Note You may have to create the registry path.

On the Edit menu, click Add Value, and then add the following registry value:
Value name: DS Server
Data type: REG_SZ (string)
Value data: FQDN of the global catalog server

Quit Registry Editor. If Outlook stops responding after you set the closest global catalog server or set a specific global catalog server, Outlook returns to the DSProxy process on the Exchange 2000 server and requests a new referral. The following are two possible limitations if you configure Outlook to a specific global catalog server:
The client-detected global catalog server may be out of date or semi-functional. If the global catalog server is having problems but still responds to Named Service Provider Interface (NSPI) requests, Outlook may not stop responding and return to the DSProxy for a new referral.
In multi-domain environments, the global catalog server that you select may not be in the same domain as Active Directory group objects. Therefore, users cannot update group membership because the local global catalog server has a read-only copy of the group.
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MrAhmadAuthor Commented:
We are using Outllook XP

Any help ?

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ikm7176Commented:
DSAcess is the process which will select the suitable GC servers for the exchange server.

The working global catalog server list is similar to the working domain controller list. This list can contain up to ten global catalog servers. DSAccess uses a sequential, round robin mechanism, as well as the individual server response time and the number of outstanding requests, to distribute load among these servers. The working global catalog server list is composed of Active Directory servers that meet the following criteria: The server must be located in a domain in which DomainPrep has been run. The server must be in the same Active Directory Site as the Exchange 2000 server. The server must be a global catalog server. The server must pass suitability checks. If the Active Directory site spans domains, the list will contain servers from multiple domains.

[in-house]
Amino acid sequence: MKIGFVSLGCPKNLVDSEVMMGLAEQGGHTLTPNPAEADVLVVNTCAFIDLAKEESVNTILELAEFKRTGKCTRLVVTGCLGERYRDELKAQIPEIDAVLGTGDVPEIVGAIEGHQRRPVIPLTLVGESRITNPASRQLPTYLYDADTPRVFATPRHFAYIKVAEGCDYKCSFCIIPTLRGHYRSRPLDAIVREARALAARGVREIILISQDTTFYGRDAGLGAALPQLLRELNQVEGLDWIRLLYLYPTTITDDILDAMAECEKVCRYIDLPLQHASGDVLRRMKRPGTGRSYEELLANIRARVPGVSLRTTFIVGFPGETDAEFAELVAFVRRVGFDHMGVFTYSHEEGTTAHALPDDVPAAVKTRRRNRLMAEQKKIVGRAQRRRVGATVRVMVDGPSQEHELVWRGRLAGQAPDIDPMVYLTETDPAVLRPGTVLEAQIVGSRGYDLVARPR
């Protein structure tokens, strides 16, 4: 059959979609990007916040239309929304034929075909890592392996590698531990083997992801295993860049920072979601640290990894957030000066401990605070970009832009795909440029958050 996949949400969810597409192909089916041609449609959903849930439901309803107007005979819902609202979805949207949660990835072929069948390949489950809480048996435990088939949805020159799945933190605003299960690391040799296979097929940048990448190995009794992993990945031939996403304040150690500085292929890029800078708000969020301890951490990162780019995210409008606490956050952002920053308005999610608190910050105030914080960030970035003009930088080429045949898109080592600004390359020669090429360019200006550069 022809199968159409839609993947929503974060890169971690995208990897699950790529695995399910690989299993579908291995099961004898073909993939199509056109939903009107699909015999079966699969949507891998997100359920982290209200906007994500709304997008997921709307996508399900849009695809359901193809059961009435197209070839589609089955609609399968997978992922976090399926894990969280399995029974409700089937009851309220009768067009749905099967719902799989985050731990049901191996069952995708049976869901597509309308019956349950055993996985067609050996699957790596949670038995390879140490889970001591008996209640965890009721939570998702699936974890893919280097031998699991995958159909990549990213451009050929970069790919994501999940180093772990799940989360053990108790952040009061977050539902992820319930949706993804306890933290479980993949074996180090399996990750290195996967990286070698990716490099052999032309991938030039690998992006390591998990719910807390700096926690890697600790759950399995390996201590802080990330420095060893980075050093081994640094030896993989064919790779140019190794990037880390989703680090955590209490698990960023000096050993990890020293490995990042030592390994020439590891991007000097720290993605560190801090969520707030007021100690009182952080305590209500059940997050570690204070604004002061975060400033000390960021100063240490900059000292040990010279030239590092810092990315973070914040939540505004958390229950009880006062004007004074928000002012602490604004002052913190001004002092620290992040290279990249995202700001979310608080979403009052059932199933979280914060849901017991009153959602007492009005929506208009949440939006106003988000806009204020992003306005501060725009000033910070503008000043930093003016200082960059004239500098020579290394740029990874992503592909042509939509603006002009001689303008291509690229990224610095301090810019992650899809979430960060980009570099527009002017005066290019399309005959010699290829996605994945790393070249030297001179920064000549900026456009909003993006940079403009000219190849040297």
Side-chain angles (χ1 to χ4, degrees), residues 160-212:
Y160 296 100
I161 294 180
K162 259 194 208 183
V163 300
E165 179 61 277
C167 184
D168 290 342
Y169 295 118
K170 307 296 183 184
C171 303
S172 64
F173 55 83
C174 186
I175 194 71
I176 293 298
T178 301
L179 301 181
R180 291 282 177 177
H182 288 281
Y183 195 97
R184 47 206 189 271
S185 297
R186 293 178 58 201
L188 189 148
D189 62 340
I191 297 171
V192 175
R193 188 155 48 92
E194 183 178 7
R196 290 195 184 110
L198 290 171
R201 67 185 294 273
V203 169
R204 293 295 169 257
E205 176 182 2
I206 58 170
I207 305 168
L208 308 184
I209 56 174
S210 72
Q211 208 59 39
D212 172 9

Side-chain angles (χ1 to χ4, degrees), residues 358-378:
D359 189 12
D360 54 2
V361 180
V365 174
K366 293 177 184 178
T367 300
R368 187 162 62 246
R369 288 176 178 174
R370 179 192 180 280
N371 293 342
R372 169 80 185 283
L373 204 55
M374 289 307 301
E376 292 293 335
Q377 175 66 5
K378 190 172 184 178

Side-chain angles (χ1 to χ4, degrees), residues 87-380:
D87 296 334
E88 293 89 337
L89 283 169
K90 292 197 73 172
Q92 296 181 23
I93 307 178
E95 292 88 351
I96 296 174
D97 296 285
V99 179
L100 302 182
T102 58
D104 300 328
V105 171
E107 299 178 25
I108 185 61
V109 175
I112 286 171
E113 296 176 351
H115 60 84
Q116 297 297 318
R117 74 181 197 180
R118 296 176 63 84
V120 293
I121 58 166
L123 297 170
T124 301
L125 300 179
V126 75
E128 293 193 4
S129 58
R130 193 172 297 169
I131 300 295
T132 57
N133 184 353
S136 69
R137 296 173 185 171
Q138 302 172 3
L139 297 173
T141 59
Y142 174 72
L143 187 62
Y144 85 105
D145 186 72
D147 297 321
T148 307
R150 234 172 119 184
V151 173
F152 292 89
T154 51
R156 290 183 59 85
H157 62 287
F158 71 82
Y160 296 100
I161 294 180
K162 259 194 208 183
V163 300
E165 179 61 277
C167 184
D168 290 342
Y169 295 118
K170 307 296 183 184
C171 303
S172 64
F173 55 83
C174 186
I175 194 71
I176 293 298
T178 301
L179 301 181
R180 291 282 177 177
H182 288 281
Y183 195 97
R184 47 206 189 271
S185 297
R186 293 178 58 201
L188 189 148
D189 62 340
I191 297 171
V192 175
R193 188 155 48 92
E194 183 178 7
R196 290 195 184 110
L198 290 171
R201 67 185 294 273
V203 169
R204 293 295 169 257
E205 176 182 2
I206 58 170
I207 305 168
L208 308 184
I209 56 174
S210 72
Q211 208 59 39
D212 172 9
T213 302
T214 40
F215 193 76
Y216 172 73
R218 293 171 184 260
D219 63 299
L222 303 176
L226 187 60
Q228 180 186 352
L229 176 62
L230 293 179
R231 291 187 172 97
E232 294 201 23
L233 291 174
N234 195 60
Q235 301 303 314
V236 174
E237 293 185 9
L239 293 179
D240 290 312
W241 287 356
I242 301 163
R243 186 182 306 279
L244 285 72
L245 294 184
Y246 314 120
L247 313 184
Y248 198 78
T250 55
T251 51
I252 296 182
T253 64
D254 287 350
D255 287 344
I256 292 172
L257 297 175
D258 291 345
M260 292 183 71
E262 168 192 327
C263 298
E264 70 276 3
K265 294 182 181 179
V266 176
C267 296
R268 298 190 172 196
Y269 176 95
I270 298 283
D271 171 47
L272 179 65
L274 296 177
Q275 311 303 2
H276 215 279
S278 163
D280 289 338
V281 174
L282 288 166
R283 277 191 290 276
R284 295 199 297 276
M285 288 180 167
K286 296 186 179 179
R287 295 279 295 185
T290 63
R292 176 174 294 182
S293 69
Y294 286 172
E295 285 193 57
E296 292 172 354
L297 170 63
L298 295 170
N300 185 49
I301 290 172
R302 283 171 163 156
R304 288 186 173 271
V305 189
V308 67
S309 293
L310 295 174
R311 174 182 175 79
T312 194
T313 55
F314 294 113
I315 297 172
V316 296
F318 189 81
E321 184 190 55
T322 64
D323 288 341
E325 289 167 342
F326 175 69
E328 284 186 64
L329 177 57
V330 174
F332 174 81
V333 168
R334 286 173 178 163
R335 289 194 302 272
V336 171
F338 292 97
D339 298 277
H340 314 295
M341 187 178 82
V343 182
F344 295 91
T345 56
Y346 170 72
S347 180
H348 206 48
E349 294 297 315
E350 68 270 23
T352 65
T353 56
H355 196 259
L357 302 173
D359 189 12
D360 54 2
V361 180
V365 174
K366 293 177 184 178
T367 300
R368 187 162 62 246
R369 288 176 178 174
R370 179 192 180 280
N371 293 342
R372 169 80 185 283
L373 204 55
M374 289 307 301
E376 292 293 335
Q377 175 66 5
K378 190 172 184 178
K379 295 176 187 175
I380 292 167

For oulook clients go to 'Tools-Address Book-Tools-options-select global address list- properties.

hope this helps you!
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BNettles73Commented:
MrAhmad -

Munichpostman posted this above for Outlook 2002 (XP) -

"On the Tools menu, click Address Book.
In the Show names from the box, click Global Address List.
Right-click Global Address List, and then click Properties."
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exx1976Commented:
Well, this may or may not work.  Outlook 2000 and later can communicate directly with a GC, and the Exchange server may be communicating with a different one.  Your question was kind of vague, so I don't know if you are looking for YOUR GC or for the server's GC..  To find the one the Exchange server is using, you'd need access to the Exchange server...


HTH,
-exx
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MrAhmadAuthor Commented:
Thank you everyone for your help

I was able to get the GC server and now I can use My Linux workstation to get my exchange :)

Thank you all again